Three resolutions for your portfolio
Three ways to improve your investments in 2006
Many of us make New Year's resolutions around health, fitness, and other life goals. Included in the latter category should be resolutions for your investment portfolio. Here are three suggestions that most investors can benefit from - that is if they're taken more seriously than the gym memberships that are often dropped by February.
Scale back on Canada
Canadian markets have led the world stock market recovery. Accordingly, investors have become insatiable when it comes to Canadian investments, particularly those that are yield-oriented. With the exception of October's uncertainty with respect to income trust taxation (thank you, Ralph), investors continue to trip over themselves to plough money into dividend and other income oriented funds.
Dividend funds (a broad class that includes income trust funds) attracted nearly $10 billion in new money for the first 11 months of this year (nearly half of total fund net sales). This is an increase of 57% over the same period in 2004. (Sales of all long term - i.e. non money market - funds increased by 56% year-over-year.)
The emphasis on these funds is understandable given the performance during the bear market, but such funds don't always provide downside protection. (See the bottom of second page of this January 2004 article for historical bear market data on today's most popular fund class.)
Past investor behaviour and fund data are two reasons to think hard about moving more money into foreign markets. Another is that overseas stocks are relatively cheaper than their North American counterparts. (See the December issue of Advisor's Edge magazine for more on this topic.)
The bottom line here is to take profits from assets that have outperformed over the past few years and add to those that have underperformed. It's a very simple rule that is very difficult for most people to actually implement. But it's key to enhancing long-term returns and controlling risk.
Don't buy a product just because you can
Principal protected notes - a.k.a. structured notes and equity linked notes - have remained popular with investors despite a strong stock market recovery. Investors are drawn to these instruments for their combination of capital protection and potential upside (above standard GICs).
In some cases, as with hedge fund linked notes, investors figure it's a risk free way to invest in a more complex asset class. But what investors (and advisors) must remember is that a big reason for the existence of such notes is that it's the only way to allow smaller investors to get access to hedge fund strategies.
I've not reviewed every note issue but I've seen several of them - and I have not yet seen one that I would recommend. Don't get lured in simply by the 'this product is the only way to get access to this asset class' line. It may be true and may be good, but a product's mere availability to smaller investors is not the same as it having solid investment merit. (Check out this May 2004 article for more on linked notes.)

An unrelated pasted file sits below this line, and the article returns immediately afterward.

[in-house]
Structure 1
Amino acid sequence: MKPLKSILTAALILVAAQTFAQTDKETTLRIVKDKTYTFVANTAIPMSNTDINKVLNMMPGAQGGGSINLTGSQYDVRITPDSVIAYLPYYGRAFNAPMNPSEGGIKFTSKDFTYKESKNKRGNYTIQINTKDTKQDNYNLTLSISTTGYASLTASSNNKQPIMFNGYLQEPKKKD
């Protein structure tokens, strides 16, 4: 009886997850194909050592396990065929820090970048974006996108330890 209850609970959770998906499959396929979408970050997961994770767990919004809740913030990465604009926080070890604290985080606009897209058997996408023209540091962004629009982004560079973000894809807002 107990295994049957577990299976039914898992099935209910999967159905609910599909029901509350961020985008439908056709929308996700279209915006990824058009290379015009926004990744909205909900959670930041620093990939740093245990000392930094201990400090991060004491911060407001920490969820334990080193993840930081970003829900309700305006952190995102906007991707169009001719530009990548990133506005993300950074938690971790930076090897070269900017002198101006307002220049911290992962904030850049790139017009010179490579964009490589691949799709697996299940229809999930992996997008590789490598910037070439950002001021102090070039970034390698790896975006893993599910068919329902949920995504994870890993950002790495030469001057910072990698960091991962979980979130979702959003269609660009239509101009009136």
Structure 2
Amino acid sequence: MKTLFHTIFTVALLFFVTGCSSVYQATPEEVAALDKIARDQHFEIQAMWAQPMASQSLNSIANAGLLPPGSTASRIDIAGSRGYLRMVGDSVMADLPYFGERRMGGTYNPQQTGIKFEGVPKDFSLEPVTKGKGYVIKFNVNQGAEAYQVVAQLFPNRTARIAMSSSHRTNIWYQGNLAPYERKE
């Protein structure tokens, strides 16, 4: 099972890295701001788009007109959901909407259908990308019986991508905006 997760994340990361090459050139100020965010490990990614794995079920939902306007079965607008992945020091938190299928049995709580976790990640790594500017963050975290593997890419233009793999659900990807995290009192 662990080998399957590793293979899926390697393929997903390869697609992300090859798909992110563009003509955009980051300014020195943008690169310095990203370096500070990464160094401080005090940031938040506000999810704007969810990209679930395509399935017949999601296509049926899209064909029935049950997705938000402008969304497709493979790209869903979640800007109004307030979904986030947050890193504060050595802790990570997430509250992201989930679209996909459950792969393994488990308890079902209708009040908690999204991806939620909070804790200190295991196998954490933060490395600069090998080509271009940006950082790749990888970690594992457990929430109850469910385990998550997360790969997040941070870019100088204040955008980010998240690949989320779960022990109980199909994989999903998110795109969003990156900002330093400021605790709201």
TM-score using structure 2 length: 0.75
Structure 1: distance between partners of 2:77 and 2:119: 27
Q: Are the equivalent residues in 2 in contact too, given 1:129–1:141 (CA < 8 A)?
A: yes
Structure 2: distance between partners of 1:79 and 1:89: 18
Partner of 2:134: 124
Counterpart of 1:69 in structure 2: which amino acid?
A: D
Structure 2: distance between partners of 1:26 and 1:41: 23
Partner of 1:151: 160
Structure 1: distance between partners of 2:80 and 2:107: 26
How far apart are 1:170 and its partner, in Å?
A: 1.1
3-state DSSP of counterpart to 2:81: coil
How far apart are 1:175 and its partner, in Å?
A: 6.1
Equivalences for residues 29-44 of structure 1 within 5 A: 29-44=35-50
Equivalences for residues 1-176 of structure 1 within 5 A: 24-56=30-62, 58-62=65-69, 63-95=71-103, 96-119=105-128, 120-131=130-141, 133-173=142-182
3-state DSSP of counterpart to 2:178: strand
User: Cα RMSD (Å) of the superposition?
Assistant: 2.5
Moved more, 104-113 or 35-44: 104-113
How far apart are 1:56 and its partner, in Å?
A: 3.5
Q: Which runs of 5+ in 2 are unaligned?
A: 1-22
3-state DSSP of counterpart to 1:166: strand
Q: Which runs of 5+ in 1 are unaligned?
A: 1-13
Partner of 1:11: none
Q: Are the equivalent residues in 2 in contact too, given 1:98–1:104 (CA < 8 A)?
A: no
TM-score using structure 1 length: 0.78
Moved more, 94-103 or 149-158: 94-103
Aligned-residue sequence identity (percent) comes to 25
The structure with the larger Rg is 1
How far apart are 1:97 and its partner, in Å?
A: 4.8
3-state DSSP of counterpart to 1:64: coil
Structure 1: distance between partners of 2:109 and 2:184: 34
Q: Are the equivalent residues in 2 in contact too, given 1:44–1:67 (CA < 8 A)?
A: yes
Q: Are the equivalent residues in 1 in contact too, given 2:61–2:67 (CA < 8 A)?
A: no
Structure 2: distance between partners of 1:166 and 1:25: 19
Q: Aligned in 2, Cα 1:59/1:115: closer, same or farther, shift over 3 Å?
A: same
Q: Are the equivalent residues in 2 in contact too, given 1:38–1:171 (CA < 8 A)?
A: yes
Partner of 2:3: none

Canadian stock funds (including everything except dividend and trust funds) have returned an estimated 6.8% annually over the last dozen years (ending November 30). That figure is weighted by fund size and includes funds that no longer exist. Investors in those same funds have experienced a nearly identical 6.7% annually over the same period. But this is in a category that has generally seen strong performance since Canada is at a high point today.
The news is not so good for U.S. and other foreign stock funds (which includes many specialty categories like health care and science and tech). U.S. stock funds boast a solid 8.3% annualized return since the end of 1993, while investors in those funds have earned just 4.9% per year over the same period. Clearly, the higher volatility and poorer recent returns has accentuated investors' intolerance for poor short term performance.
Other foreign stock funds have returned a much smaller 4% per annum over the past twelve years. Investors, however, have seen returns of just 2.6% per year. Tech funds really drag down this number but the point remains that investors have traditionally missed out on the returns available to them because they get lured into hot funds only after a strong multi-year run.
Related to the first resolution is the advice to resist the urge to jump into what has done really well over the past three to five years. Past performance is an important factor to consider, but not in that way. Find ways of looking forward and assessing future potential and act accordingly. If nothing else, simply look at what the masses are doing because it's usually the wrong course of action. This advice won't work all the time but it should serve well over time.
Dan Hallett, CFA, CFP is the President of Dan Hallett & Associates Inc. in Windsor Ontario. DH&A is registered as Investment Counsel in Ontario and provides independent investment research to financial advisors. He can be reached at email@example.com
|Disclaimers: Consult with a qualified investment adviser before trading. Past performance is a poor indicator of future performance. The information on this site, and in its related newsletters, is not intended to be, nor does it constitute, financial advice or recommendations. The information on this site is in no way guaranteed for completeness, accuracy or in any other way. More...|